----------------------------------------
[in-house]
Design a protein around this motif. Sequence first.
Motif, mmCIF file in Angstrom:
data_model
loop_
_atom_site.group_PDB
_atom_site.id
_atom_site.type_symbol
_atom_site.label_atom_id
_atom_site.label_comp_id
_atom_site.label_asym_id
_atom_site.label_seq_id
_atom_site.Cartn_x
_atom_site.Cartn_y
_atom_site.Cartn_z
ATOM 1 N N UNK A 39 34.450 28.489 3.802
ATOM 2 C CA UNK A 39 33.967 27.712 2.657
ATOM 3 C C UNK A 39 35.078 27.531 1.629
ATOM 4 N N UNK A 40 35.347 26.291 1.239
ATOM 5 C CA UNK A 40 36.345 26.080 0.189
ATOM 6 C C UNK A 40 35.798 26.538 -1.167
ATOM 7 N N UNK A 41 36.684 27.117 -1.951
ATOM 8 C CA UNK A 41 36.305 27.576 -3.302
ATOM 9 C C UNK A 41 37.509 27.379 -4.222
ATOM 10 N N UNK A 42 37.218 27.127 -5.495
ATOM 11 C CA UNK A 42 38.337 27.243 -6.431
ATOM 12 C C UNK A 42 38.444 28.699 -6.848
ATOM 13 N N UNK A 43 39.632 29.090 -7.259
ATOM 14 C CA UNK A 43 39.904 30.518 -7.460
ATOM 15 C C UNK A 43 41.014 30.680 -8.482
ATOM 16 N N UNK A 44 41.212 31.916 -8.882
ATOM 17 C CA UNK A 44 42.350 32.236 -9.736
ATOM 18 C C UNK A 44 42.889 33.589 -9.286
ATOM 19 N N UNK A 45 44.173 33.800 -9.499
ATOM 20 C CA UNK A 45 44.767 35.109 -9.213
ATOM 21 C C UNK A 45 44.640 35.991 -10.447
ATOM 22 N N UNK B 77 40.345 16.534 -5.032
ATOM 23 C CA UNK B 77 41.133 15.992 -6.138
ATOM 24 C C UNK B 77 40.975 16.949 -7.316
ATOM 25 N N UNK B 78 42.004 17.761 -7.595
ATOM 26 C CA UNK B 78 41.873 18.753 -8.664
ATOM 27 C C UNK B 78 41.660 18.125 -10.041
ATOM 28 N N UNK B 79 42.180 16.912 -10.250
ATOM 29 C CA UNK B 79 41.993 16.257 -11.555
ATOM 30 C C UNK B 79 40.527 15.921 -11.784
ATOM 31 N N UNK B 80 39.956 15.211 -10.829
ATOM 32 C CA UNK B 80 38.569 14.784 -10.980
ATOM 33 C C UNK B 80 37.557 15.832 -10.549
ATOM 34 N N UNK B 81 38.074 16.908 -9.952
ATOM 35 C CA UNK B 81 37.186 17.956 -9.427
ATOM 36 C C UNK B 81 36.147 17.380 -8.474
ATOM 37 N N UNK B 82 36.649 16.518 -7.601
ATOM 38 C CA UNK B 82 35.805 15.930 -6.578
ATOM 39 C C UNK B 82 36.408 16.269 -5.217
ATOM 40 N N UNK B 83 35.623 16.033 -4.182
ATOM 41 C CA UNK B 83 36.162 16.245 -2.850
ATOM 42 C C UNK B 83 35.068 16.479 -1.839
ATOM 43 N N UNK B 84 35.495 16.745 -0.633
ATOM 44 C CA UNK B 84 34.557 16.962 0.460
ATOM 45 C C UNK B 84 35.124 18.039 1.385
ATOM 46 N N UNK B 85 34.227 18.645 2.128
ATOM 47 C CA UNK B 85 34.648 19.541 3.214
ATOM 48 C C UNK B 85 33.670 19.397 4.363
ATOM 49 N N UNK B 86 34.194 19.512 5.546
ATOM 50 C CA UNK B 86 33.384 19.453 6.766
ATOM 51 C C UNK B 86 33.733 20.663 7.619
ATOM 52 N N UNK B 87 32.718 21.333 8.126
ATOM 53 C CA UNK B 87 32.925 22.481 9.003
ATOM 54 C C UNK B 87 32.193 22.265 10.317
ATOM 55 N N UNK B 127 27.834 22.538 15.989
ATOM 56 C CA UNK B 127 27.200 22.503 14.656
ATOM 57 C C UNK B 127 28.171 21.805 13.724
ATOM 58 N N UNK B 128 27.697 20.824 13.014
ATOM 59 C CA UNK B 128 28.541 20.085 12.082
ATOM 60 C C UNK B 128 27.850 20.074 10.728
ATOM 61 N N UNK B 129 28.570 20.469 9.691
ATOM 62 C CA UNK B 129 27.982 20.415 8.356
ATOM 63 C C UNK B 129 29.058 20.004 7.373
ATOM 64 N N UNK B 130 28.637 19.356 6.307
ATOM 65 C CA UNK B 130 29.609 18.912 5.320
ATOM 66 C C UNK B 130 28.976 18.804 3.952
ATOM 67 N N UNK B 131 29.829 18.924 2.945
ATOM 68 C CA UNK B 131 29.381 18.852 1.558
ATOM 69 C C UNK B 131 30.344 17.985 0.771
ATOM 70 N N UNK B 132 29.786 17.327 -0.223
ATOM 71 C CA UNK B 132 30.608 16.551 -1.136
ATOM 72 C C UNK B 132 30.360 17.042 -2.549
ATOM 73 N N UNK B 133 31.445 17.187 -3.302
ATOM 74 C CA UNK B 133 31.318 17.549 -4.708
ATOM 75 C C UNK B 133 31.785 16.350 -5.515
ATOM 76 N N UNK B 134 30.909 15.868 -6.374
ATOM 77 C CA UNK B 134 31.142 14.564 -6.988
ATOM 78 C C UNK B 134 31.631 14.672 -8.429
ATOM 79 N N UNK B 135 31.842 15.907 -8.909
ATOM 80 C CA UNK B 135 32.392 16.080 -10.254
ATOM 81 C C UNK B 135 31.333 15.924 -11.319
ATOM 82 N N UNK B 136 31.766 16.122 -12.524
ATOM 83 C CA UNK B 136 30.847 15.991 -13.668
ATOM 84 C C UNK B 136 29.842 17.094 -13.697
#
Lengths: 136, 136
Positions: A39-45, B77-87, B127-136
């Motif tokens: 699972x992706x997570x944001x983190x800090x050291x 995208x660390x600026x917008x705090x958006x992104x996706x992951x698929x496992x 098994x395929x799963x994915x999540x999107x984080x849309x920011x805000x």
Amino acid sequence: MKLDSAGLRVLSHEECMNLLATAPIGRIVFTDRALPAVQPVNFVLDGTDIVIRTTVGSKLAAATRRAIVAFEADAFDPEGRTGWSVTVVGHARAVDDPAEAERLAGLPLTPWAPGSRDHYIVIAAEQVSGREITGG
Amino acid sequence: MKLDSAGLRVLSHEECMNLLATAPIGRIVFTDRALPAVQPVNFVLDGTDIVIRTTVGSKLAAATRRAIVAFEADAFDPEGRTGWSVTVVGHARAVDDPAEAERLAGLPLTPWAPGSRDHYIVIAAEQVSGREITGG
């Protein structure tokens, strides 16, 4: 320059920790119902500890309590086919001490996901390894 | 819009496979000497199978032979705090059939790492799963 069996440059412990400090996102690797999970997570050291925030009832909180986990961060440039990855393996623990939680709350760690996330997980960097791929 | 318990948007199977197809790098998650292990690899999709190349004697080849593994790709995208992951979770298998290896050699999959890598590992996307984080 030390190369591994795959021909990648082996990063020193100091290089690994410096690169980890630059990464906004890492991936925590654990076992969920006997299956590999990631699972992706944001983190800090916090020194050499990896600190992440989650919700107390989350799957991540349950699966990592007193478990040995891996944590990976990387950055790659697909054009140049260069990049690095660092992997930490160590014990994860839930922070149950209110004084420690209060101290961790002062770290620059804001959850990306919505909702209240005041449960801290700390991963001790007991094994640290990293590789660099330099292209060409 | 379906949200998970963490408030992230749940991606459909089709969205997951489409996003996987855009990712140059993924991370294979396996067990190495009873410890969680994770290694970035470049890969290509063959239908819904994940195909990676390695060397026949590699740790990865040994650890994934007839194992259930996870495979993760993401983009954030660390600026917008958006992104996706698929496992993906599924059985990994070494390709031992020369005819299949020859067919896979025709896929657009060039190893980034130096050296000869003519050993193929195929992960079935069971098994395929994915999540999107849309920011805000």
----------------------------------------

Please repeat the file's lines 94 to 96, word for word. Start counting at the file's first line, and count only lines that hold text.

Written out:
ATOM 79 N N UNK B 135 31.842 15.907 -8.909
ATOM 80 C CA UNK B 135 32.392 16.080 -10.254
ATOM 81 C C UNK B 135 31.333 15.924 -11.319